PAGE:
4. Thank you Kimberly. I learned so much more about what Brave means since I met you, read your book and your articles. I thought they are the ones who do heroic acts only, always on the front lines ready to die. It was them who could be brave. I did not see myself as brave at all until an old friend told me so thinking it took a lot of courage to leave everything I know behind to start a new life. I guess we never see ourselves in our brave acts, going after what we believe in and doing what matters.

    During these times we all need to be brave to see our biases first and be authentic seeing the impact on others as you say it so eloquently. Brave thing is not just to understand and show empathy anymore. We can do better!

    Thank you so much for being a bright light in our lives. Your son is lucky to have you. Having only one son like you I love your stories about him. He will grow up to be a decent loving human being I bet.

    • You are SO brave, my friend! You’re right, we rarely, if ever, see our own brave. As you may have heard me say a million times, brave doesn’t live in our experience of ourselves, it lives in our actions. How old is your son? I didn’t realize that was ANOTHER commonality we share!

  5. Thank you, Kimberly. Your timeless message is more timely than ever.

    “When I was young I wanted to change the world.
    As I began to grow up, I saw that I couldn’t change the world and set about trying to change my country.
    As I grew older still, I realized I couldn’t change my country and focused on trying to change my community.
    Eventually, I accepted that I couldn’t change my community and devoted myself to changing my family.
    Once I realized I couldn’t change my family, I set to work on changing myself.
    And by changing myself, I changed the world.”

  6. Ah Laura! Welcome to being human, my friend! I don’t think there’s a person on the planet that doesn’t totally lose it sometimes. What makes you special (and is proof of all the hard work you’re doing on yourself constantly) is that you OWN it. You noticed that you weren’t in alignment and you cleaned it up. I think that’s the best that any of us can hope to do. And hopefully, the more we grow, the shorter the time from reaction to choice becomes and the less sensitive our triggers.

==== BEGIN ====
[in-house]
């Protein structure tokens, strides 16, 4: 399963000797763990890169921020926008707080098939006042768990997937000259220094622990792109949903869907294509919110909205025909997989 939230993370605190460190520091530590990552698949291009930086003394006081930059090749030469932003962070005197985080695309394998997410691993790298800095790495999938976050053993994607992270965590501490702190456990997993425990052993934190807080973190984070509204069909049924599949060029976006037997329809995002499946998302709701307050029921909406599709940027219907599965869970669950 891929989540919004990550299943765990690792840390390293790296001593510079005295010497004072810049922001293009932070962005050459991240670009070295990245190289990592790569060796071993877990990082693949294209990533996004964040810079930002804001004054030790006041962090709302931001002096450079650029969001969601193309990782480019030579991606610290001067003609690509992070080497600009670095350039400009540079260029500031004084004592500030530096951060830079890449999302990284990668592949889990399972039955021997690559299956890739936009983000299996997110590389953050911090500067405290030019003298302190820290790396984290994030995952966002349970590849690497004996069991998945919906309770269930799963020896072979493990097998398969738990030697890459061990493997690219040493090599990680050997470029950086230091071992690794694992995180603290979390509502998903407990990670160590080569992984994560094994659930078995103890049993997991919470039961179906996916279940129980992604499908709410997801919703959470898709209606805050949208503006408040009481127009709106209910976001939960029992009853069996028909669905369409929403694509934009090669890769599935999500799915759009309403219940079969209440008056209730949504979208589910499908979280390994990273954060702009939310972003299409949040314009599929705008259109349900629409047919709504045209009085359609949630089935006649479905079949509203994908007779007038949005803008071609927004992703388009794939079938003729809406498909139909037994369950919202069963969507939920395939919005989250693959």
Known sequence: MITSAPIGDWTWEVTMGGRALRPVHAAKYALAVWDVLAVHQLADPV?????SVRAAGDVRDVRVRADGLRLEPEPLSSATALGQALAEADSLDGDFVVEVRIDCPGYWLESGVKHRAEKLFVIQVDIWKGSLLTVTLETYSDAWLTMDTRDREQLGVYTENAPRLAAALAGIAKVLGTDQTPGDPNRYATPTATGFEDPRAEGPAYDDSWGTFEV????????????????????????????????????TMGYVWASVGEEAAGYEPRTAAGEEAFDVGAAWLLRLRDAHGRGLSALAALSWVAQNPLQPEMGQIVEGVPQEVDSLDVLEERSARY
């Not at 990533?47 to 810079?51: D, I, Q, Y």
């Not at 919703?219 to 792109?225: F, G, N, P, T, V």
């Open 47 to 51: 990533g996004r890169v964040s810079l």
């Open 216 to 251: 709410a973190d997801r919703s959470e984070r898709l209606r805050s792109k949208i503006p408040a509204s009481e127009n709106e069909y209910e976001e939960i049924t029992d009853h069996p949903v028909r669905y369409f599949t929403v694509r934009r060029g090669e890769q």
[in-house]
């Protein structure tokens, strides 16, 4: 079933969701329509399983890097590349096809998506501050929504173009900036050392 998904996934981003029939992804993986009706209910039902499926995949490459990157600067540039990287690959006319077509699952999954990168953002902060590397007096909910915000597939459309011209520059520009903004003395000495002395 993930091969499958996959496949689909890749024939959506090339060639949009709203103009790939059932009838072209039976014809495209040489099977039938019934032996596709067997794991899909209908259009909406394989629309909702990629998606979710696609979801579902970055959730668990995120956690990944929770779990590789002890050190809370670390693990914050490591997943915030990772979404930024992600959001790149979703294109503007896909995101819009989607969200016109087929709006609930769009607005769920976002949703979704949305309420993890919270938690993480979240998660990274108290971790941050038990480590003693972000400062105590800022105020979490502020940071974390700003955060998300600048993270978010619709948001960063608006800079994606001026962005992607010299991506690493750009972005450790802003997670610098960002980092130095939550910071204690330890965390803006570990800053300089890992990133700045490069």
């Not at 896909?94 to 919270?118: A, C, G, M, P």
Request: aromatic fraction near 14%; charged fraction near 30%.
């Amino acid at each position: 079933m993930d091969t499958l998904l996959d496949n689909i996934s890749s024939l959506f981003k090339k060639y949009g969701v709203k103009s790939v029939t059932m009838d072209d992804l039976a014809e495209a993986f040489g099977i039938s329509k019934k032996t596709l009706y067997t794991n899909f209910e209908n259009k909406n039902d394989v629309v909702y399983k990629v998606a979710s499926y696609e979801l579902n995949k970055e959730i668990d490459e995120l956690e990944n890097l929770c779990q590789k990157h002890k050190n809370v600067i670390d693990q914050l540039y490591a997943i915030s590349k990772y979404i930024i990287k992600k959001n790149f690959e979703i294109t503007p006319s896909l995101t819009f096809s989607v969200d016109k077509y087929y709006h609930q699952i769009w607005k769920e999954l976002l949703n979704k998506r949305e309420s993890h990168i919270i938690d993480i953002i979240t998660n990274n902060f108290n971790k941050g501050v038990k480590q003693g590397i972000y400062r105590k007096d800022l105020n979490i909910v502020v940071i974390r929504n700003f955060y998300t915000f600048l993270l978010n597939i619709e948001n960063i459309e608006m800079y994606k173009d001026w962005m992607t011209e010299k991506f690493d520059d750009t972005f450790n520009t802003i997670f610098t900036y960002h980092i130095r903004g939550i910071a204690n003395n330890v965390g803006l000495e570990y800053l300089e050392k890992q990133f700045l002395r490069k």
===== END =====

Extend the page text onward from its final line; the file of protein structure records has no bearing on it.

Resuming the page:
7. Thank you, Kimberly.

    I grew up believing that the more I could control, the more powerful I could be. My parents coudn’t teach me anything they did not know.

    I have a very comfortably ambiguous faith, independent of any organization, as far as I know. How my faith shows up is simple: If I remove BS and self-centered fear, what will fill the void is always better. I strive to be childlike rather than childish – wonderful (filled with wonder). My friend Bruce introduces me as “the oldest kid I know.”

    Keep on keepin’ on.

    Mac

  8. Kimberly,
    Thank you for writing this piece and sharing a slice of your brave with us. We do have to be relentlessly responsible for being our better self, so thank you for providing this perspective. It isn’t always easy, as you’ve said, and I know I mess up quite often. But that is why I am a work in progress because there’s so much more to learn. And life challenges keep changing, which means that we also may have to pivot. That, in itself, can disrupt our quest to be our better self. However, it is possible when we persist.

    For me, I have to step outside my mind and push the negative thoughts and comparisons away, which is difficult at times. Recently, I was with my husband at the car dealership. His truck went in for service, and it ended up needing a significant amount of work, which came with a hefty bill. I am not proud to admit this, but I lost it. My behavior was misaligned, and my anger misdirected. His truck is old, with almost 200K miles on it, and thousands of dollars put into it over the past couple of years. But, I know now that part of my frustration stemmed from other things also, and sadly culminated in those few seconds of not being able to reel myself in. So, I apologized and recognized that I could do and be better. Fortunately, it worked out, and my husband finally traded for a new vehicle, which we both love – and keeps the miles off my lease.

    It’s always a pleasure reading your work, Kimberly. I appreciate your insights and your authenticity. Thanks for being you.

    • Ah Laura! Welcome to being human, my friend! I don’t think there’s a person on the planet that doesn’t totally lose it sometimes. What makes you special (and is proof of all the hard work you’re doing on yourself constantly) is that you OWN it. You noticed that you weren’t in alignment and you cleaned it up. I think that’s the best that any of us can hope to do. And hopefully, the more we grow, the shorter the time from reaction to choice becomes and the less sensitive our triggers.